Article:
Chapter 3

Regulatory Codes and Compliance

 

Introduction

3.01
In recent years, the Solicitors Regulation Authority (SRA) has sought to strip more detailed provisions out of its comparatively lengthy rulebook in a shift towards ‘outcomes focused regulation’. Part of the rationale for this move away from prescriptive rules was that solicitors should act not only within the letter of the rules, but also within the spirit of the rules. It remains to be seen how much further towards this school of thought legal services regulators will move in the coming years, if at all. For the moment however, the regulatory rules to which lawyers are subject remain complex and considerable. While some lawyers prefer the clarity which more prescriptive rules provide, the present difficulty facing many is the sheer volume, complexity and overlapping nature of the requirements.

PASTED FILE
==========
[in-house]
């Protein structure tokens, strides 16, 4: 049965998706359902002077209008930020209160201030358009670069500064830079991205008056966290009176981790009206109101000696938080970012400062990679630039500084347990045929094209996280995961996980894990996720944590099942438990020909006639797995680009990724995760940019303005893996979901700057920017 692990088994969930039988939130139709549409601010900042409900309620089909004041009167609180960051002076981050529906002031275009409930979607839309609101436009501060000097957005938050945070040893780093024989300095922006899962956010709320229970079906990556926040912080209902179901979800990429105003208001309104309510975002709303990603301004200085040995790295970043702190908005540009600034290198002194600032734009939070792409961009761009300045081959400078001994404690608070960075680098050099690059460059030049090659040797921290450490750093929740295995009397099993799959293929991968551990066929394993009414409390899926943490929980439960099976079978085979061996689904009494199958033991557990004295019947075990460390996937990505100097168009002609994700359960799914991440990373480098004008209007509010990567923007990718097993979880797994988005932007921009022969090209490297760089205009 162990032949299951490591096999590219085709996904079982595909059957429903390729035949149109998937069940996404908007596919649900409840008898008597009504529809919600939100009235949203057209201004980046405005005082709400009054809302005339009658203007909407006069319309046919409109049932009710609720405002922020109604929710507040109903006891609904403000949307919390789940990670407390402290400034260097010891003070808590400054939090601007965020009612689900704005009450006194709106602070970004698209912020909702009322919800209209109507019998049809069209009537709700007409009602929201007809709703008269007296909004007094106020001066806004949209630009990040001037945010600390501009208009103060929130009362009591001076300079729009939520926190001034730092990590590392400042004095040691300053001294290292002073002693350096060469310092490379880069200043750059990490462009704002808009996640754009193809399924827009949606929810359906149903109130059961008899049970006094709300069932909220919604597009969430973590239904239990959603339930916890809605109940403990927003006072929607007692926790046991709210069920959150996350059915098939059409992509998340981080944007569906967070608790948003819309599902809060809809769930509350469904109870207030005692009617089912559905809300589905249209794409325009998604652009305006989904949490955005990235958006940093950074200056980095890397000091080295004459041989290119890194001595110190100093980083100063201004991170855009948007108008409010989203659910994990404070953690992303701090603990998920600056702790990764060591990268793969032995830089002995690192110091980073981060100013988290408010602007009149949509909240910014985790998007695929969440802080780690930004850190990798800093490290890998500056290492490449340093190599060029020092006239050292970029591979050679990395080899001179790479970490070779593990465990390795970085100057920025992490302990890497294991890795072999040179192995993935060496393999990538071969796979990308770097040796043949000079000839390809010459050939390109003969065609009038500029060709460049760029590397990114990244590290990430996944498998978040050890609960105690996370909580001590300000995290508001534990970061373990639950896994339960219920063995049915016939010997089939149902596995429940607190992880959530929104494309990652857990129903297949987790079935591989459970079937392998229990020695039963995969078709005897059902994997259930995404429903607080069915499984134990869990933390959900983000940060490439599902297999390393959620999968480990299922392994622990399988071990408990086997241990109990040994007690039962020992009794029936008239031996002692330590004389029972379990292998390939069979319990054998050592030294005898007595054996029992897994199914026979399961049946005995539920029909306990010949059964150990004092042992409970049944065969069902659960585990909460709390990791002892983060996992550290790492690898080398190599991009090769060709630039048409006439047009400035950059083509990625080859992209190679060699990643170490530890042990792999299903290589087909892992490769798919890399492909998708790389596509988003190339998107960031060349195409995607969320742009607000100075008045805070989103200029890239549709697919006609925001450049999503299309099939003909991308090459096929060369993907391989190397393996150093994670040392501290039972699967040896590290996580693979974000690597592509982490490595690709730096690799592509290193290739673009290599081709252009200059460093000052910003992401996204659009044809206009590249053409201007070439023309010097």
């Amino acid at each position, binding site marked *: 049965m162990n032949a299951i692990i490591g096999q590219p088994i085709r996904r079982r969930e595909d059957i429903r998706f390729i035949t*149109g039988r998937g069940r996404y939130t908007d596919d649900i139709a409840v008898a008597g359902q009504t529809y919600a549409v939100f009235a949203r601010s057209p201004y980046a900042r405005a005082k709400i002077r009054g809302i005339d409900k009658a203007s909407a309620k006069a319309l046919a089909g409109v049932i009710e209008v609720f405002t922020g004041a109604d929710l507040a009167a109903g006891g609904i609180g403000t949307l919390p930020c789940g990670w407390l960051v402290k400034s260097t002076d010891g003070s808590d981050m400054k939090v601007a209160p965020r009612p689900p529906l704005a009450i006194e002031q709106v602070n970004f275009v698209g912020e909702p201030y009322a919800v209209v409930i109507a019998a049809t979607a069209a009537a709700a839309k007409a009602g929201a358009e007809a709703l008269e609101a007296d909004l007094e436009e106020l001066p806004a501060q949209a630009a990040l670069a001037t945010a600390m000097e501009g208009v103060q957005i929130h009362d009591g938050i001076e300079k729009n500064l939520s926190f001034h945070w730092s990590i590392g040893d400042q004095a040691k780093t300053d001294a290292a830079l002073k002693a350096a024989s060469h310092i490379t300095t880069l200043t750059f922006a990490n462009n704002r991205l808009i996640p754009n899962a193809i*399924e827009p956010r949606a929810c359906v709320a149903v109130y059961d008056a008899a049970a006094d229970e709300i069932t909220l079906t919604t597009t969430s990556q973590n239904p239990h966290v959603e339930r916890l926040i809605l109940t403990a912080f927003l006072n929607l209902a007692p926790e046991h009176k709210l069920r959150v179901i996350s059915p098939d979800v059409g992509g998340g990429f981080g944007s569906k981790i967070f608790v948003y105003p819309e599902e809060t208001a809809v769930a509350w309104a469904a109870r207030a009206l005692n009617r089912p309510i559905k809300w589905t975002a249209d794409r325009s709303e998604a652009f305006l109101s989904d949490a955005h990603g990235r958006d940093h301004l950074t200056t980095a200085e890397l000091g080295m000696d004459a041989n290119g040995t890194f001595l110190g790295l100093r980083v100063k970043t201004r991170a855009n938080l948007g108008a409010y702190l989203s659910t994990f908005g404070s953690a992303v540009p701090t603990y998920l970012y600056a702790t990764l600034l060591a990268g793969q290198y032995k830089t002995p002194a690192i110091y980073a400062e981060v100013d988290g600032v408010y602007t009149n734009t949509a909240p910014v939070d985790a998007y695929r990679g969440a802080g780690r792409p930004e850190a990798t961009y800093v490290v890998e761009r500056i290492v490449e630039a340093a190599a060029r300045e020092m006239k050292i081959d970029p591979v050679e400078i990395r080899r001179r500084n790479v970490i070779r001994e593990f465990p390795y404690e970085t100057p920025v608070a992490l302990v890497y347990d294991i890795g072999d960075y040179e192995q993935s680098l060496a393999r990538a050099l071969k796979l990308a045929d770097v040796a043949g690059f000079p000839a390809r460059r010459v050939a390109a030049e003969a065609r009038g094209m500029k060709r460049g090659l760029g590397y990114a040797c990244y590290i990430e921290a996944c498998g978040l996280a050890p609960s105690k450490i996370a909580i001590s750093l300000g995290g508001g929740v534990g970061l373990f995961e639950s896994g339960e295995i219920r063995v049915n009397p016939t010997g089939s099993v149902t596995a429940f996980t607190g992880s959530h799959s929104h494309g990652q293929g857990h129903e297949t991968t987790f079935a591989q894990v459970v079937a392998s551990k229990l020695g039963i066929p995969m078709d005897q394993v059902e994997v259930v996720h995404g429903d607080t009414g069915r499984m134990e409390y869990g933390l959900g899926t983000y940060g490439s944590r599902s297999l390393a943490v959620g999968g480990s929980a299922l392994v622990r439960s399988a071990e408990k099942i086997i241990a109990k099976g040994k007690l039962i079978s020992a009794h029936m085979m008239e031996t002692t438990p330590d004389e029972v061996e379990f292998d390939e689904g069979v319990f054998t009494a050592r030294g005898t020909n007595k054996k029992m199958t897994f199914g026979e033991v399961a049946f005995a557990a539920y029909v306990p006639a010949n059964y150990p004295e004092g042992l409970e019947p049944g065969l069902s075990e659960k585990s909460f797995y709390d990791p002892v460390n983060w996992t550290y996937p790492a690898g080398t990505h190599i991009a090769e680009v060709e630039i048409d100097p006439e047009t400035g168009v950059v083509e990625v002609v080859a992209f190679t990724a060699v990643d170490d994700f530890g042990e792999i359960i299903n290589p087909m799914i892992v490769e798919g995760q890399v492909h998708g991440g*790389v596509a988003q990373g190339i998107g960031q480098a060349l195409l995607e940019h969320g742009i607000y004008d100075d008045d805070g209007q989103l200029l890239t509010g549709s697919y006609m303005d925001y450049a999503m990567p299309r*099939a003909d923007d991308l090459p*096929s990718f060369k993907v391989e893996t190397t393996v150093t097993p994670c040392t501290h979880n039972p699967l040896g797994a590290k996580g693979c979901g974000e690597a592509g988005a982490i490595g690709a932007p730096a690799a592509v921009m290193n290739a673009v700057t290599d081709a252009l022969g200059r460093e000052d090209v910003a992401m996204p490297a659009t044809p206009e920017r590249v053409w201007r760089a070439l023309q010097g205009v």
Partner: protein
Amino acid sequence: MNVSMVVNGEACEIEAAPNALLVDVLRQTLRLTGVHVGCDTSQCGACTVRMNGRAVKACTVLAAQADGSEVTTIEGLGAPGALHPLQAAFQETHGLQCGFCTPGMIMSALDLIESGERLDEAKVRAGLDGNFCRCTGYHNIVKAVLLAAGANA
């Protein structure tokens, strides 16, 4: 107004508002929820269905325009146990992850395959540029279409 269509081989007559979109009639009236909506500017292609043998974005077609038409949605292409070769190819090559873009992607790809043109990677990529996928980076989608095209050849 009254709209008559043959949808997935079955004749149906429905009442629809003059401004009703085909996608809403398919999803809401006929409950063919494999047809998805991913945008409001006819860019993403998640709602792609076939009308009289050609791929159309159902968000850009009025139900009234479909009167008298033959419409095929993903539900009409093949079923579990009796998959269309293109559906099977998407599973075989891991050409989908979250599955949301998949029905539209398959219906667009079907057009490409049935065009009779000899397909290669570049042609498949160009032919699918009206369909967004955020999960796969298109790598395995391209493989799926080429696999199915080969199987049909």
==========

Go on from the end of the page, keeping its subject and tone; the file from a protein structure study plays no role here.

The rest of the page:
3.02
The aim of this chapter is to provide an outline of the various codes, regulations and general legal requirements which lawyers and legal practices are required to satisfy.

3.03
The regulatory codes to which lawyers are subject vary depending on the nature of their legal qualification and which regulator authorises their firm. In particular, the SRA makes use of powers given to it under the Administration of Justice Act 1985 and the Legal Services Act 2007 to apply its rules to non-solicitors working in solicitors’ firms as well as individual solicitors. Most individuals working in the law will be subject to either the SRA Handbook, the BSB Handbook, or in some cases both. Therefore this chapter focuses primarily on the SRA’s rules and the BSB’s rules with signposts to other regulators’ conduct requirements as appropriate. Attention is alsodrawn to other more general compliance requirements.

3.04
This chapter complements chapter 4 dealing with misconduct and chapter 5 dealing with investigation and enforcement.